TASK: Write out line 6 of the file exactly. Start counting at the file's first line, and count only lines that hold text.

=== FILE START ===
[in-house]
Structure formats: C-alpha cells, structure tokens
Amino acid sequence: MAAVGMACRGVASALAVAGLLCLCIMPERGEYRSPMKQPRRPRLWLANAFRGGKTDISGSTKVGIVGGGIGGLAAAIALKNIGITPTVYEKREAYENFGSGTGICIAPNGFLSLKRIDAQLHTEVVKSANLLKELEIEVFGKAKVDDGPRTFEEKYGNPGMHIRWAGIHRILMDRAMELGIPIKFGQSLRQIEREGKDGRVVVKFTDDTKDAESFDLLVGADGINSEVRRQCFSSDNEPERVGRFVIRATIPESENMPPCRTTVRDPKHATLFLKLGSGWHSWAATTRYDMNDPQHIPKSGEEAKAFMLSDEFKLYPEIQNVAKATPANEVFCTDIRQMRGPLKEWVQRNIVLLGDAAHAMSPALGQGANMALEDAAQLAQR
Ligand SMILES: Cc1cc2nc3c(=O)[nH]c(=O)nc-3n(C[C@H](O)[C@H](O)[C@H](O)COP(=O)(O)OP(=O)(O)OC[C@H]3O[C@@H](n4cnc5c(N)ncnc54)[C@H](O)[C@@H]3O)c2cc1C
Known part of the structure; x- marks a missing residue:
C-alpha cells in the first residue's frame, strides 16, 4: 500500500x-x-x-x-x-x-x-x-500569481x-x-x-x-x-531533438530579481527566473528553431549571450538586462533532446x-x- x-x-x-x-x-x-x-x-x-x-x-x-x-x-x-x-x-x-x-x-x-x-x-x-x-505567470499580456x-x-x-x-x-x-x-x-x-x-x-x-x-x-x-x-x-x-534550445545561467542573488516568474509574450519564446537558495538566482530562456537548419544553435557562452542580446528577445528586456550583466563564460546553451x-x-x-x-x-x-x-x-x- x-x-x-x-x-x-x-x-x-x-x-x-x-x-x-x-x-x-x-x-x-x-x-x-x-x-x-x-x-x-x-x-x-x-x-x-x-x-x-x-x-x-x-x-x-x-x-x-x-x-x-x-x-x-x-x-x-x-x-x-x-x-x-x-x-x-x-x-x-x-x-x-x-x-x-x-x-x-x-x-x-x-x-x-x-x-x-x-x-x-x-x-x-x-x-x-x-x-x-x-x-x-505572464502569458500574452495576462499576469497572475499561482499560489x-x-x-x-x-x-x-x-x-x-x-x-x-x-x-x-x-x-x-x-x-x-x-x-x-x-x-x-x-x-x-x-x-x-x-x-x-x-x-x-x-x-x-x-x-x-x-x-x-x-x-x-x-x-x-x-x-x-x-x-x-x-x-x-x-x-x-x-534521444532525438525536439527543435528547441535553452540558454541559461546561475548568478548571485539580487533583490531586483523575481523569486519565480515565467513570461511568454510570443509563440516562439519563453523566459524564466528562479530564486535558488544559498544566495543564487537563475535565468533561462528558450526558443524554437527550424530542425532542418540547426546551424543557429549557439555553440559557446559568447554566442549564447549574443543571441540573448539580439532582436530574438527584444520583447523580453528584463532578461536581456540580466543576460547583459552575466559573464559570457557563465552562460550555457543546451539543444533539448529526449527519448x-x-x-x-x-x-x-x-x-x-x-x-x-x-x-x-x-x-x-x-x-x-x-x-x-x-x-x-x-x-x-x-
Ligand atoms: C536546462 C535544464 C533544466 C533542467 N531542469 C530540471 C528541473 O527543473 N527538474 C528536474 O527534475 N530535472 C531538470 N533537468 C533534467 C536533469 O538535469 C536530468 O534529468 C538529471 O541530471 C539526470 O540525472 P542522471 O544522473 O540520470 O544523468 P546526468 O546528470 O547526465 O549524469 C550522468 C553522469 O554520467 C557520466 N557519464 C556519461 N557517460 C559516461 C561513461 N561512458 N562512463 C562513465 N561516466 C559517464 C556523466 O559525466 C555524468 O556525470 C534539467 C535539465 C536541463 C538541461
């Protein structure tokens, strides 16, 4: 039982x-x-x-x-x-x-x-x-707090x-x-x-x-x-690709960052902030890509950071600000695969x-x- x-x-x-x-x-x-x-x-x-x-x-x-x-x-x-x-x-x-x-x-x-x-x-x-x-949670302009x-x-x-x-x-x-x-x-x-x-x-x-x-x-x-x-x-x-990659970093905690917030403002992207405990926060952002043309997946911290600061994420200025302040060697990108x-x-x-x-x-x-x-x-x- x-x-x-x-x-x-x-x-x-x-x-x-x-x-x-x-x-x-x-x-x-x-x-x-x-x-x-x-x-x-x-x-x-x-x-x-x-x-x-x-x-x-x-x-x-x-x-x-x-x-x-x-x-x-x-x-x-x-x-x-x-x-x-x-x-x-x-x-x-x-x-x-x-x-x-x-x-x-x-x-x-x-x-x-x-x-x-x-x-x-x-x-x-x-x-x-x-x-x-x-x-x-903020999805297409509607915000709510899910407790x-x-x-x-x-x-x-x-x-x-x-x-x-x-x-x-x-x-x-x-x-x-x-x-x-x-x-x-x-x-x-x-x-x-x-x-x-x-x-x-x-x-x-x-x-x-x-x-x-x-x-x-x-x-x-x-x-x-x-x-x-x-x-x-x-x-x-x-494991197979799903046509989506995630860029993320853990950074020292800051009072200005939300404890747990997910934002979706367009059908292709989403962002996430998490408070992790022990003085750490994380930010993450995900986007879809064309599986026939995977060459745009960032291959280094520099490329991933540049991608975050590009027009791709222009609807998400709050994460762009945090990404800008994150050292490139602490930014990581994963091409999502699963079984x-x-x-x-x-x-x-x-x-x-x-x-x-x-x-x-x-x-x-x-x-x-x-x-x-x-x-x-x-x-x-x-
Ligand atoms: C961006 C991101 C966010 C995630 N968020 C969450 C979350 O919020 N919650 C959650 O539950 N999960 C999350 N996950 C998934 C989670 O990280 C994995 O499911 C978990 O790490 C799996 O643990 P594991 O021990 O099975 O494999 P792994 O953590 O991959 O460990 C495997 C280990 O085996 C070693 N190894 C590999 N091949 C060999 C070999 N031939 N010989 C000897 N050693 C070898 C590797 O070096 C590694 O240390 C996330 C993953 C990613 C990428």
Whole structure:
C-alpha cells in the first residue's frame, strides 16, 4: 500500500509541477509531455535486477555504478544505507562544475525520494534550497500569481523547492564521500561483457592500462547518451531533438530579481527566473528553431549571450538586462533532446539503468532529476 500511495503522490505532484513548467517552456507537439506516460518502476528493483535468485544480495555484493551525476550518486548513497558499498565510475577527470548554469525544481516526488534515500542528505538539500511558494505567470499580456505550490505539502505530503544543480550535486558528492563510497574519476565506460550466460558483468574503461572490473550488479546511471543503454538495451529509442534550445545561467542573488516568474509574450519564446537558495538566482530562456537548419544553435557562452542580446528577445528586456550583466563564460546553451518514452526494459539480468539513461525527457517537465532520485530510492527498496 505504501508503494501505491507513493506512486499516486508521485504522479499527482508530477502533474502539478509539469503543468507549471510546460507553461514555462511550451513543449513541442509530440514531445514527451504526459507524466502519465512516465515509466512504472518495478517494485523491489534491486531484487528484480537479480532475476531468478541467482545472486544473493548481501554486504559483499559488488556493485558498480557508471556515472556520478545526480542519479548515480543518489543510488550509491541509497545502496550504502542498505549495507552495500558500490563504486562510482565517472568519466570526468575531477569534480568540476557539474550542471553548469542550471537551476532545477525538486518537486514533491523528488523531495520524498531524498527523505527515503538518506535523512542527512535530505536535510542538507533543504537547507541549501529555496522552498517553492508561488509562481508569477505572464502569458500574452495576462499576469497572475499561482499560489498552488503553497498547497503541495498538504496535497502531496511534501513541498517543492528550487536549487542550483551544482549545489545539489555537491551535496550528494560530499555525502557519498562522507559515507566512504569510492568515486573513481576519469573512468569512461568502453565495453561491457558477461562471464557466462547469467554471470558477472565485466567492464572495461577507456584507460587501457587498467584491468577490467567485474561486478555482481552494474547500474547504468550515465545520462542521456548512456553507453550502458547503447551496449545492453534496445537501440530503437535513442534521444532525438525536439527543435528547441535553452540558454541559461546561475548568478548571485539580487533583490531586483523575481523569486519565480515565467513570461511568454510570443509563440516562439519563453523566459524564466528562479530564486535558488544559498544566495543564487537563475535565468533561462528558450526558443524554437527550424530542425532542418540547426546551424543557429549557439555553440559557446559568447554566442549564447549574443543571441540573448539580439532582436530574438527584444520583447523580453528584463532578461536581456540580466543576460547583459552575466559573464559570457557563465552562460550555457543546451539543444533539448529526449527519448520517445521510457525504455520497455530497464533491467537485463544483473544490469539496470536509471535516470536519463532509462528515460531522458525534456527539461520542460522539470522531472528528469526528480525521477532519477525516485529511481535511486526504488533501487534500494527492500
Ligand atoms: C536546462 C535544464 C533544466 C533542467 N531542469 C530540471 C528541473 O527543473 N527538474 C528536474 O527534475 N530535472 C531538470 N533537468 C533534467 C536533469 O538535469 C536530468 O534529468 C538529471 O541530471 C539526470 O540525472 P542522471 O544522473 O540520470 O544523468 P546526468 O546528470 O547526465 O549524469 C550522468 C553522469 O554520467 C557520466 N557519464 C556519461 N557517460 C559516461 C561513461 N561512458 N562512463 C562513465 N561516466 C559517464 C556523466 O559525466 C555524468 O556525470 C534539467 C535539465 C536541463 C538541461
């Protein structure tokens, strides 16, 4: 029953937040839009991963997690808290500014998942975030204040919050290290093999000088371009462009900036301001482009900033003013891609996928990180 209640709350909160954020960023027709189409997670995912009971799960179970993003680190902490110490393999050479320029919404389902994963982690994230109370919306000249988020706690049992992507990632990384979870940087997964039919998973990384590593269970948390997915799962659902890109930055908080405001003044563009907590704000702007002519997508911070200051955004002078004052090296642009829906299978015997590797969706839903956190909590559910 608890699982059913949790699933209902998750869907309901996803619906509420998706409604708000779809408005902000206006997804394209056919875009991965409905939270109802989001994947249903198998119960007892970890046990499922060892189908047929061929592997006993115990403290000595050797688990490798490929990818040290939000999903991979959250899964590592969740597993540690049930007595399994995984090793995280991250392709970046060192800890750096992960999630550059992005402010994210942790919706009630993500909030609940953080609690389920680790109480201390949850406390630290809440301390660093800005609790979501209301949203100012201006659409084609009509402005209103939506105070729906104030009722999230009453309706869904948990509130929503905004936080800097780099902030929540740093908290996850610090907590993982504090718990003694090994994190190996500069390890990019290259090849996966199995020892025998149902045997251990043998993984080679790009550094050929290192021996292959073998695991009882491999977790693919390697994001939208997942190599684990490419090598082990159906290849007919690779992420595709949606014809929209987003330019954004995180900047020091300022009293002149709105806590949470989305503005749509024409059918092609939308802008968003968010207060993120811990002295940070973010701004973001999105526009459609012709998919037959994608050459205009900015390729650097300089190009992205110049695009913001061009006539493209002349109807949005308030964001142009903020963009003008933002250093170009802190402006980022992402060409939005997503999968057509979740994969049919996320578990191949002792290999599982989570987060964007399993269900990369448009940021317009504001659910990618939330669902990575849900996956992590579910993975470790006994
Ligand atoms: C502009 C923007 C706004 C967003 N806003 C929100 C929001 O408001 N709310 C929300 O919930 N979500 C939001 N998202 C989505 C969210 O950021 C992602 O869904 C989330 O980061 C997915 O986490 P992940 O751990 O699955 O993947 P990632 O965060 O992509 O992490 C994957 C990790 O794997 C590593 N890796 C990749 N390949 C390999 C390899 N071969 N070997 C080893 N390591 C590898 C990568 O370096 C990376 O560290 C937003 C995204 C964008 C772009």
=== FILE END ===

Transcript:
C-alpha cells in the first residue's frame, strides 16, 4: 500500500x-x-x-x-x-x-x-x-500569481x-x-x-x-x-531533438530579481527566473528553431549571450538586462533532446x-x- x-x-x-x-x-x-x-x-x-x-x-x-x-x-x-x-x-x-x-x-x-x-x-x-x-505567470499580456x-x-x-x-x-x-x-x-x-x-x-x-x-x-x-x-x-x-534550445545561467542573488516568474509574450519564446537558495538566482530562456537548419544553435557562452542580446528577445528586456550583466563564460546553451x-x-x-x-x-x-x-x-x- x-x-x-x-x-x-x-x-x-x-x-x-x-x-x-x-x-x-x-x-x-x-x-x-x-x-x-x-x-x-x-x-x-x-x-x-x-x-x-x-x-x-x-x-x-x-x-x-x-x-x-x-x-x-x-x-x-x-x-x-x-x-x-x-x-x-x-x-x-x-x-x-x-x-x-x-x-x-x-x-x-x-x-x-x-x-x-x-x-x-x-x-x-x-x-x-x-x-x-x-x-x-505572464502569458500574452495576462499576469497572475499561482499560489x-x-x-x-x-x-x-x-x-x-x-x-x-x-x-x-x-x-x-x-x-x-x-x-x-x-x-x-x-x-x-x-x-x-x-x-x-x-x-x-x-x-x-x-x-x-x-x-x-x-x-x-x-x-x-x-x-x-x-x-x-x-x-x-x-x-x-x-534521444532525438525536439527543435528547441535553452540558454541559461546561475548568478548571485539580487533583490531586483523575481523569486519565480515565467513570461511568454510570443509563440516562439519563453523566459524564466528562479530564486535558488544559498544566495543564487537563475535565468533561462528558450526558443524554437527550424530542425532542418540547426546551424543557429549557439555553440559557446559568447554566442549564447549574443543571441540573448539580439532582436530574438527584444520583447523580453528584463532578461536581456540580466543576460547583459552575466559573464559570457557563465552562460550555457543546451539543444533539448529526449527519448x-x-x-x-x-x-x-x-x-x-x-x-x-x-x-x-x-x-x-x-x-x-x-x-x-x-x-x-x-x-x-x-